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TOKYO — No world leader has tried harder to get on President Trump’s good side than Japanese Prime Minister Shinzo Abe. Whether racing to New York the day after the 2016 election and presenting Trump with a $3,755 gold-plated golf driver, or taking him out on the golf course and serving hamburgers for lunch, Abe has cultivated a close personal relationship with his American counterpart.
But now, Japan, which is not just led by a friendly politician but also is a key security ally of the United States, looks likely to be slapped with tariffs on its steel exports to the United States. And to add insult to injury, the reason, Trump says, is rooted in national security.
“The U.S. is suddenly treating Japan as a target,” said Tsuyoshi Kawase, a professor of international trade policy at Sophia University in Tokyo. “The Japanese side is bewildered and confused.”
That bewilderment, along with anger and frustration, has rippled across the capitals of U.S. allies — countries that figured, no matter the bumps in relations with Washington, they would wind up on the same side against China in any dispute over steel or unfair trade practices. And yet suddenly there is talk of a trade war between the United States and its supposed friends.
Even those leaders who have grown accustomed to the zigs and zags of the Trump White House say this could be different. The consequences of Trump’s targeting other priorities — the Paris climate agreement and the Iran nuclear deal chief among them — have not had an immediate, concrete effect. But the tariffs could soon put citizens in ally nations out of work, and if a trade war escalates, all sides could feel the pain, officials from Brasília to Brussels to Seoul say.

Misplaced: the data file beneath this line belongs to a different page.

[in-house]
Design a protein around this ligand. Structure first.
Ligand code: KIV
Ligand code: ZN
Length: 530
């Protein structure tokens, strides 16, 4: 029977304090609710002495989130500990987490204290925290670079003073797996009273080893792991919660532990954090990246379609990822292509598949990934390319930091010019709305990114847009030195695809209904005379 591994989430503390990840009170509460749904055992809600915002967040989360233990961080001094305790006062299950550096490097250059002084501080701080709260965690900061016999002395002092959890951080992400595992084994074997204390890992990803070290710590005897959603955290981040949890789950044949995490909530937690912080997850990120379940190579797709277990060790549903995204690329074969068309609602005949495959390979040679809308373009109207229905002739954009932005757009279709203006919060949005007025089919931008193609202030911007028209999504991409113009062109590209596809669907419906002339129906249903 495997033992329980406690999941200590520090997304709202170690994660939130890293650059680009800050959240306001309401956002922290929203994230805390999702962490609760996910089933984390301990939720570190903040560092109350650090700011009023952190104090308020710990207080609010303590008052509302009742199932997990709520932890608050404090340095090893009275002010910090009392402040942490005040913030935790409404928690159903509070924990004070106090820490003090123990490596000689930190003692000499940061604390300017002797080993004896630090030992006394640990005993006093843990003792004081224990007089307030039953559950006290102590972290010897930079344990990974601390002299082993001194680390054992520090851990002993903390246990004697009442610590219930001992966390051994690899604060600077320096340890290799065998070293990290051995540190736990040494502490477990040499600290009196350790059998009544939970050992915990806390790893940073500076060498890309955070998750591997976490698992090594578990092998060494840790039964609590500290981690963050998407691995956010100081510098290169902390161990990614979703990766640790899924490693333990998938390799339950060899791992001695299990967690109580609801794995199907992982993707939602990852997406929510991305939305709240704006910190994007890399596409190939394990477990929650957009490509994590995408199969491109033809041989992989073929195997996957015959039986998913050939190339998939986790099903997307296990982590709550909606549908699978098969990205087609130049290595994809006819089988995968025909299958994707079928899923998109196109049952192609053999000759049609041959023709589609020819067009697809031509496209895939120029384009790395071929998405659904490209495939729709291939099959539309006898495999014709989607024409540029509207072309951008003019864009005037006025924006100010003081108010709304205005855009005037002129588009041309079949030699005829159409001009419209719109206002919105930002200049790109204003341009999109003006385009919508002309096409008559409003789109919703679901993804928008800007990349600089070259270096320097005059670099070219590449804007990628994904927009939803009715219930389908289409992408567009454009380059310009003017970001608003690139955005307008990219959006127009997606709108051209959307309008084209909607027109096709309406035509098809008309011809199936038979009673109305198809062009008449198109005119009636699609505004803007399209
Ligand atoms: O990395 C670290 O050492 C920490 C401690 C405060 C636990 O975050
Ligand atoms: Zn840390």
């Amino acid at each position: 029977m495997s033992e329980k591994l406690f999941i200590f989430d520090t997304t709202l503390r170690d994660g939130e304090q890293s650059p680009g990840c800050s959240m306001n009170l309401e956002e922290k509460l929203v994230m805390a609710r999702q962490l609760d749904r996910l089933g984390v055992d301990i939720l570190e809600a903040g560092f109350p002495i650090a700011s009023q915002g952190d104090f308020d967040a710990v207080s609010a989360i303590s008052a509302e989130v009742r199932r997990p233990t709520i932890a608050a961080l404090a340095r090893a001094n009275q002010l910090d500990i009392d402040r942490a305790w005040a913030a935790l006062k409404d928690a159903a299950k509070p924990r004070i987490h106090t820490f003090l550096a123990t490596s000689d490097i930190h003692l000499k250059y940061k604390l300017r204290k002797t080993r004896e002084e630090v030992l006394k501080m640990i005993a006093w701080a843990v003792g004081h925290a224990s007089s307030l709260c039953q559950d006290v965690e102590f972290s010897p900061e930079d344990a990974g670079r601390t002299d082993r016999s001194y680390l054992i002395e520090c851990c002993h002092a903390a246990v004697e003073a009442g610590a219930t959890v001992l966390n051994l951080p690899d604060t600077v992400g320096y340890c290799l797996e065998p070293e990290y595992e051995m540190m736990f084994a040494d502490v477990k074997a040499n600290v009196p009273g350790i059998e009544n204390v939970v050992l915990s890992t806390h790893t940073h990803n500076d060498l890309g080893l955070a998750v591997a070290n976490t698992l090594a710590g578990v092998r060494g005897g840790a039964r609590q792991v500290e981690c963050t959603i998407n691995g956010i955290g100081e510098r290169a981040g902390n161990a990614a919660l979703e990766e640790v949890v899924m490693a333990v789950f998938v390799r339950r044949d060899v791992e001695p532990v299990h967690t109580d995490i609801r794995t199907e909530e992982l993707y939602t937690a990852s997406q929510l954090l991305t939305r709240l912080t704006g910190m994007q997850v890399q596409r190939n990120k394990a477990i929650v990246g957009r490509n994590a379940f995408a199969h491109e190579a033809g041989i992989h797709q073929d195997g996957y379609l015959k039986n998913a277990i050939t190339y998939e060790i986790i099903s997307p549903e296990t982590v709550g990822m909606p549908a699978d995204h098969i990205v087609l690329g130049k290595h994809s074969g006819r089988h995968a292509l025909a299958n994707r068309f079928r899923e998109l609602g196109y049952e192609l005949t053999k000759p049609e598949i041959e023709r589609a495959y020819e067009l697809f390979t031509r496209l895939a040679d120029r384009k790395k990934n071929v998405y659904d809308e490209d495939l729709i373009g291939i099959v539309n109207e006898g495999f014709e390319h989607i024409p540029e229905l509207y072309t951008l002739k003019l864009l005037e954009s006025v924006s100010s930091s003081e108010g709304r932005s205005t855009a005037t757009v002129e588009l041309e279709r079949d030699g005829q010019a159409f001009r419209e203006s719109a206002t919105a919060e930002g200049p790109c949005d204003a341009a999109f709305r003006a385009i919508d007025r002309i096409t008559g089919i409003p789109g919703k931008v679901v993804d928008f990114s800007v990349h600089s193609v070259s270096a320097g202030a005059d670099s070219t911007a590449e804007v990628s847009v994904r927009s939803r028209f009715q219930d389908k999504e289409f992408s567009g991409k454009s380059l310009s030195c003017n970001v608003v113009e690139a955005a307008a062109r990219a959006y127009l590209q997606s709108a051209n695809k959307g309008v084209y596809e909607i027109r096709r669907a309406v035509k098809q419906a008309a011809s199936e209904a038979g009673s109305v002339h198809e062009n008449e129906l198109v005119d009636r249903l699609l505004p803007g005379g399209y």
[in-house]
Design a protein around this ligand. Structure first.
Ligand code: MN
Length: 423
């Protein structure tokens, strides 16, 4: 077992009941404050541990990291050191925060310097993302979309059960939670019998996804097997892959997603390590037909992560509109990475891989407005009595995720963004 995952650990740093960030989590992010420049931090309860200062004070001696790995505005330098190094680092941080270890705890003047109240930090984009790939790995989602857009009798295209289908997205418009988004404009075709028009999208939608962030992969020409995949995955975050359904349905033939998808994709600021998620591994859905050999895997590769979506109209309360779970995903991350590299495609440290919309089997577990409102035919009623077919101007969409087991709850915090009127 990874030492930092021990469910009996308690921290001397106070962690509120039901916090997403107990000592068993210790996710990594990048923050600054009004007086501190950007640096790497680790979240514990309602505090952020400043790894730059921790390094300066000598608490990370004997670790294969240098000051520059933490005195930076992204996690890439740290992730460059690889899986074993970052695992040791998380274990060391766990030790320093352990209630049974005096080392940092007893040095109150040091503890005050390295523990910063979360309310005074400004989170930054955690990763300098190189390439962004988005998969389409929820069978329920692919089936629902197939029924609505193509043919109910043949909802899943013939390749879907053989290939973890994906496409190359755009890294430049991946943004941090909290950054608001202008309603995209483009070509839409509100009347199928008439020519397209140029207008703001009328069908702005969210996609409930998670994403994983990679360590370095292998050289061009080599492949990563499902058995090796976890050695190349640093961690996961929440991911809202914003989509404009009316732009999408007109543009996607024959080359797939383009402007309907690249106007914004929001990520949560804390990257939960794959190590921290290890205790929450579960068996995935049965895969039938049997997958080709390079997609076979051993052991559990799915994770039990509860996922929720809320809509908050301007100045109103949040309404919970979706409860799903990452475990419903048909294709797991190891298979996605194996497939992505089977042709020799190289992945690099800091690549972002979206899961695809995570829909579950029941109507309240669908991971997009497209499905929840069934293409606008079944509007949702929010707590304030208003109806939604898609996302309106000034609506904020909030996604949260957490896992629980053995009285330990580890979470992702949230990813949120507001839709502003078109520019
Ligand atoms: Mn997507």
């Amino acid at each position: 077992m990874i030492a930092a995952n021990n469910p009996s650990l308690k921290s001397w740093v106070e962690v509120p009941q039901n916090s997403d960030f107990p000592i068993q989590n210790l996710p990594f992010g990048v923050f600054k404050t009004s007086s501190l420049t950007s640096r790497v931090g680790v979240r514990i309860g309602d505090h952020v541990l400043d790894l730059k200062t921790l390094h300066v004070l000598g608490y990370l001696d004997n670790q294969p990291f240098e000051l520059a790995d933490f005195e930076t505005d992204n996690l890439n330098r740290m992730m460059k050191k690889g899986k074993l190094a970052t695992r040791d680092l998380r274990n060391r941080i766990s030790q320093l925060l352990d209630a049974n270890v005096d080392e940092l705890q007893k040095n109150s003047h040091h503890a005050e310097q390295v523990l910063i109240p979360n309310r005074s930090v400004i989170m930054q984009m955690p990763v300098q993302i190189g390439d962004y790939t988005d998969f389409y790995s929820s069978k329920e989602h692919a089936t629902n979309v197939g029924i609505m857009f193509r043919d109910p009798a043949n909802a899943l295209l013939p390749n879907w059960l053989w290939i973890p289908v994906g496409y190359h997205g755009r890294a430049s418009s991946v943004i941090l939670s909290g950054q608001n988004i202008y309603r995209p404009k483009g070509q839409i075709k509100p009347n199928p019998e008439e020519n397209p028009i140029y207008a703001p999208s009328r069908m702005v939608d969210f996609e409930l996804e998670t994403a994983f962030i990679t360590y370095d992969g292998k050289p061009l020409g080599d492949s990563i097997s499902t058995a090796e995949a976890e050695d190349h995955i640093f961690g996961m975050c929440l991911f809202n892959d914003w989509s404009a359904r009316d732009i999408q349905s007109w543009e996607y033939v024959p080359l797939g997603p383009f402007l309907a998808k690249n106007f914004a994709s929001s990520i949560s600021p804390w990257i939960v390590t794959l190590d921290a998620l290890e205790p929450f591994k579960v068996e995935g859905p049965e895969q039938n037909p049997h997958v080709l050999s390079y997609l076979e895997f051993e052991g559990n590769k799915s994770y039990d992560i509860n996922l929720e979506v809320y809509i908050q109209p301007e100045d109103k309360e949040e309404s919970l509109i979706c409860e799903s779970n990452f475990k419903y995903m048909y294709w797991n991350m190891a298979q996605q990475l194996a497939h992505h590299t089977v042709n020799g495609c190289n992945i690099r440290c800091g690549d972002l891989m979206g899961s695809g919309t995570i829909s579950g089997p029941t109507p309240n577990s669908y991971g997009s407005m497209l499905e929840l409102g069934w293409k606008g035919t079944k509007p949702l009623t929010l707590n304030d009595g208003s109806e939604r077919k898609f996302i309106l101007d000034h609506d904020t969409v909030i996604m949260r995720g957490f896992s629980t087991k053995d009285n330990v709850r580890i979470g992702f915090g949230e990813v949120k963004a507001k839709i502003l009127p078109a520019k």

“The impulsiveness of the decision caught us by surprise,” said Diego Bonomo, the head of foreign trade at the National Trade Association of Brazil. His country is the second-largest exporter of steel to the United States.
“It’s an economic shot in the foot,” he said. “When they impose tariffs to hurt Brazilian steel, they hurt their own coal exports and exports of products that use steel.”
Trump on Thursday signed an order imposing import tariffs of 25 percent for steel and 10 percent for aluminum, despite a furious last-minute lobbying effort against the decision from Washington’s closest allies and top Republicans.
He excluded Canada (the top exporter of steel and aluminum to the United States) and Mexico (No. 4 for steel) on the condition they meet the White House’s demands on revisions to the North American Free Trade Agreement. And he left open the possibility that additional nations with a “security relationship” with the United States could seek an exemption.
Trump’s order came hours after Japan and 10 other countries formalized a new Pacific free-trade agreement, notably without the participation of the United States, which dropped out of those talks early in the Trump administration.
The announcement also upended a Saturday meeting of the top U.S., E.U. and Japanese trade negotiators, who were originally scheduled to convene to talk about how to take on what they say is China’s unfair support for its steel industry. Instead, officials say, the meeting may turn out to be the first salvo in an unfolding and escalating trade skirmish.
“We see this as an opportunity to have a frank discussion,” a European official said, speaking on the condition of anonymity to discuss internal meeting preparations. “There’s no avoiding the elephant in the room.”
E.U. officials have flagged countermeasures targeting $3.5 billion in trade with the United States, including bourbon, Harley-Davidson motorcycles and Levi’s jeans — all produced in politically sensitive areas for top U.S. politicians.
“We will defend our interests” if necessary, E.U. foreign policy chief Federica Mogherini said at a conference in Brussels. “Protectionism is not a good idea for the U.S. economy.”
One danger, though, is that the sides become locked in a cycle of escalation, dealing a blow to the free-trade system at the heart of the modern global economy. Trump has indicated that he would like to target European car manufacturers next.
The frustration is compounded by Trump’s national security rationale. In fact, say U.S. allies, there is no national security risk to importing steel and aluminum from one’s closest military partners. And any move that damages their own industries also hits at overall NATO readiness and hurts trust among allies, they say.